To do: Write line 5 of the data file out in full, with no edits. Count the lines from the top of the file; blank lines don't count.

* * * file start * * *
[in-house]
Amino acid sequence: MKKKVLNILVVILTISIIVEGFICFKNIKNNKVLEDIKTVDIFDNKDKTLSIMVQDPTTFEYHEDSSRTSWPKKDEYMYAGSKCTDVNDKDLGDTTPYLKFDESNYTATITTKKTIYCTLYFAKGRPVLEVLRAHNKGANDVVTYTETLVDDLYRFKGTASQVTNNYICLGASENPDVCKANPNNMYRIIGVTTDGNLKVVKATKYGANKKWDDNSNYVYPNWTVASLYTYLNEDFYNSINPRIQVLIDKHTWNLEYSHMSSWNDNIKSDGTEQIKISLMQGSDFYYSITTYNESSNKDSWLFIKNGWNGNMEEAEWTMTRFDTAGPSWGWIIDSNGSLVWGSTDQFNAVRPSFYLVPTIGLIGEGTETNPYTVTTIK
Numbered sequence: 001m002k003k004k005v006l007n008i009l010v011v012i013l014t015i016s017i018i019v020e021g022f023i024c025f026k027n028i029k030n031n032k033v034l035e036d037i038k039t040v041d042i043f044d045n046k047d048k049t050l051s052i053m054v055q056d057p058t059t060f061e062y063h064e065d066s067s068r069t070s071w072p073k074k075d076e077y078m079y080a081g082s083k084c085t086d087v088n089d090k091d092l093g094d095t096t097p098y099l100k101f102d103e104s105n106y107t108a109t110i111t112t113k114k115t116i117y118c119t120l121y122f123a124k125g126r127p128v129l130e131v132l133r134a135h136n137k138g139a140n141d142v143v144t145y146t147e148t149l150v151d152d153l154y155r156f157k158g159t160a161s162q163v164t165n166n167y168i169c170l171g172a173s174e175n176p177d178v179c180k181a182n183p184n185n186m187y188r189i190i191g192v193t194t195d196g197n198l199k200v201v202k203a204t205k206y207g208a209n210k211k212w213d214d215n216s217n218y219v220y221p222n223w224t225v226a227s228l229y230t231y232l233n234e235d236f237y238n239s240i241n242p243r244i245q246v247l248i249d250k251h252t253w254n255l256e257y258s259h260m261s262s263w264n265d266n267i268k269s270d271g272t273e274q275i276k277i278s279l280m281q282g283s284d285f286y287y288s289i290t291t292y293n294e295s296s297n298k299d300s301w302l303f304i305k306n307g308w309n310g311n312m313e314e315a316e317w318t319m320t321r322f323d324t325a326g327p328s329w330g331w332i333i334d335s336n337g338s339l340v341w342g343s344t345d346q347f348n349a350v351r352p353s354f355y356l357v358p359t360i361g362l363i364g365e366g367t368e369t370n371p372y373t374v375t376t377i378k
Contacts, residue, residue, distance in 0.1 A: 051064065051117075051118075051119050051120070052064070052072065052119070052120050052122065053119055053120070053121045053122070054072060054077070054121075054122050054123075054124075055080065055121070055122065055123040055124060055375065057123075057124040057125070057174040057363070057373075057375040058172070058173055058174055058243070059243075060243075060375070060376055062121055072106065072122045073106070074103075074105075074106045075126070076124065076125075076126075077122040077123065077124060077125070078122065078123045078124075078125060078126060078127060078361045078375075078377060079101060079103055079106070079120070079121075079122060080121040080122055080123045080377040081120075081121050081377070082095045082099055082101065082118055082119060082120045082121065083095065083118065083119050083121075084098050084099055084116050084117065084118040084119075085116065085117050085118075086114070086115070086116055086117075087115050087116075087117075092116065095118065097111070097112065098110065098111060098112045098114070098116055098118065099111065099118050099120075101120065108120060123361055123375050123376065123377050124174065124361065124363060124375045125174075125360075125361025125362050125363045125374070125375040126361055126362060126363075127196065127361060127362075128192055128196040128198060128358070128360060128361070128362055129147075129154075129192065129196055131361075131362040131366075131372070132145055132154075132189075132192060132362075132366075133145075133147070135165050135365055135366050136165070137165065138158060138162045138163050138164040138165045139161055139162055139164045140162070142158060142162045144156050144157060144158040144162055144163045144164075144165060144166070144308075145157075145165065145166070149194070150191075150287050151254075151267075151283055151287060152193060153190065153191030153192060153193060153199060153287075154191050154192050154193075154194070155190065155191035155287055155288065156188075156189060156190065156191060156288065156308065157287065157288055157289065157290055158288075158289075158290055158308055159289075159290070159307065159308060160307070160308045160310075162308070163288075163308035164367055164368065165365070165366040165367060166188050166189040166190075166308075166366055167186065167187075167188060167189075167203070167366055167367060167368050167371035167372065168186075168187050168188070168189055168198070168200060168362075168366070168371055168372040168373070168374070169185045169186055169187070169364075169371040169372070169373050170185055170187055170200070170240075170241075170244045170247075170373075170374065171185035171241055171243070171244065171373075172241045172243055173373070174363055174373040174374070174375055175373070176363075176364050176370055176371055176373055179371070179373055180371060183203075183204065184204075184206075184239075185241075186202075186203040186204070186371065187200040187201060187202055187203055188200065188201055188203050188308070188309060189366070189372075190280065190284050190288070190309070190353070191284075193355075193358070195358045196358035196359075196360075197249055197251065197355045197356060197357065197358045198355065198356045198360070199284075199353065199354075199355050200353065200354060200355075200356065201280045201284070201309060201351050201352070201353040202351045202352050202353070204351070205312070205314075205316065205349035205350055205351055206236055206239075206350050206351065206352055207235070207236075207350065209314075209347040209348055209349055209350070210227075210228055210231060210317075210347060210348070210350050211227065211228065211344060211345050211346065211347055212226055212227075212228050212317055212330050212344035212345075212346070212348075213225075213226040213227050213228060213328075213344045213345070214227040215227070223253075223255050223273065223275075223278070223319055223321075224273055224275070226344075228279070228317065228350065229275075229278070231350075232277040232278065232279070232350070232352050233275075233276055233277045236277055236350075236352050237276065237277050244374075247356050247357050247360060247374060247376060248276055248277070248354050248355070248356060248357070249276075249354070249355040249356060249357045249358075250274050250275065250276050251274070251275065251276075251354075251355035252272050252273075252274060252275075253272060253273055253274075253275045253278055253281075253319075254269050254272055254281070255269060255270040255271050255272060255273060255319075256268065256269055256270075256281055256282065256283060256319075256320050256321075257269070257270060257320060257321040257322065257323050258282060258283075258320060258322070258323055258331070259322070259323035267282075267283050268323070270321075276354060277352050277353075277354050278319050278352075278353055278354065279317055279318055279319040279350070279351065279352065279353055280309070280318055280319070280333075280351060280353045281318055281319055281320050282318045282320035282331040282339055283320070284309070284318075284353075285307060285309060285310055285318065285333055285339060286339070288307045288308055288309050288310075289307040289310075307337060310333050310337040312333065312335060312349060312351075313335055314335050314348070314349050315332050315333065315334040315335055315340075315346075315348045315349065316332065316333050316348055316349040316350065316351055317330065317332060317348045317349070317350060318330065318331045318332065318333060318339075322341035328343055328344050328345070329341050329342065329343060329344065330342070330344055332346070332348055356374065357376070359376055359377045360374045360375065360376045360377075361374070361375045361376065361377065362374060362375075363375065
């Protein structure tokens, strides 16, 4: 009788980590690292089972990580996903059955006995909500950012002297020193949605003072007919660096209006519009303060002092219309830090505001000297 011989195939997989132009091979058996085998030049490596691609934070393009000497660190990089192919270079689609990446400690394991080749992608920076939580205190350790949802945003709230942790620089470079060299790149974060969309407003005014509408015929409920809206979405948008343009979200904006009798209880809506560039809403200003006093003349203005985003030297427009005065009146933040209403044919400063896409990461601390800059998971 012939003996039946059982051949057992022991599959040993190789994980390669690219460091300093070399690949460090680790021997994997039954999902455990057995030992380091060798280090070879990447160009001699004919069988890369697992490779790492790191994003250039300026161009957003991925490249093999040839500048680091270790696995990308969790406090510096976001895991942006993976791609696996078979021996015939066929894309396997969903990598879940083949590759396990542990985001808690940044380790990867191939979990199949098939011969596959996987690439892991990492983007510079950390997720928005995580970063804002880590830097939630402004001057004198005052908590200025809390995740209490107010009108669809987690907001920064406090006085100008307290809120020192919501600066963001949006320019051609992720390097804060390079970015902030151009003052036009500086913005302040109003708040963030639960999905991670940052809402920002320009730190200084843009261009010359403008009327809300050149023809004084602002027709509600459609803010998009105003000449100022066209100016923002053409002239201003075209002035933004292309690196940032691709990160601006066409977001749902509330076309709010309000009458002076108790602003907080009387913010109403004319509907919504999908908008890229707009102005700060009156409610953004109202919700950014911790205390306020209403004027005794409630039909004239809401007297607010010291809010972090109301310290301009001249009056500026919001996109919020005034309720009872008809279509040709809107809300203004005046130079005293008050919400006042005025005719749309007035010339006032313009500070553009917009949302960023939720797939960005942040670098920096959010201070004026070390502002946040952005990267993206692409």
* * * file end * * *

């Protein structure tokens, strides 16, 4: 009788980590690292089972990580996903059955006995909500950012002297020193949605003072007919660096209006519009303060002092219309830090505001000297 011989195939997989132009091979058996085998030049490596691609934070393009000497660190990089192919270079689609990446400690394991080749992608920076939580205190350790949802945003709230942790620089470079060299790149974060969309407003005014509408015929409920809206979405948008343009979200904006009798209880809506560039809403200003006093003349203005985003030297427009005065009146933040209403044919400063896409990461601390800059998971 012939003996039946059982051949057992022991599959040993190789994980390669690219460091300093070399690949460090680790021997994997039954999902455990057995030992380091060798280090070879990447160009001699004919069988890369697992490779790492790191994003250039300026161009957003991925490249093999040839500048680091270790696995990308969790406090510096976001895991942006993976791609696996078979021996015939066929894309396997969903990598879940083949590759396990542990985001808690940044380790990867191939979990199949098939011969596959996987690439892991990492983007510079950390997720928005995580970063804002880590830097939630402004001057004198005052908590200025809390995740209490107010009108669809987690907001920064406090006085100008307290809120020192919501600066963001949006320019051609992720390097804060390079970015902030151009003052036009500086913005302040109003708040963030639960999905991670940052809402920002320009730190200084843009261009010359403008009327809300050149023809004084602002027709509600459609803010998009105003000449100022066209100016923002053409002239201003075209002035933004292309690196940032691709990160601006066409977001749902509330076309709010309000009458002076108790602003907080009387913010109403004319509907919504999908908008890229707009102005700060009156409610953004109202919700950014911790205390306020209403004027005794409630039909004239809401007297607010010291809010972090109301310290301009001249009056500026919001996109919020005034309720009872008809279509040709809107809300203004005046130079005293008050919400006042005025005719749309007035010339006032313009500070553009917009949302960023939720797939960005942040670098920096959010201070004026070390502002946040952005990267993206692409």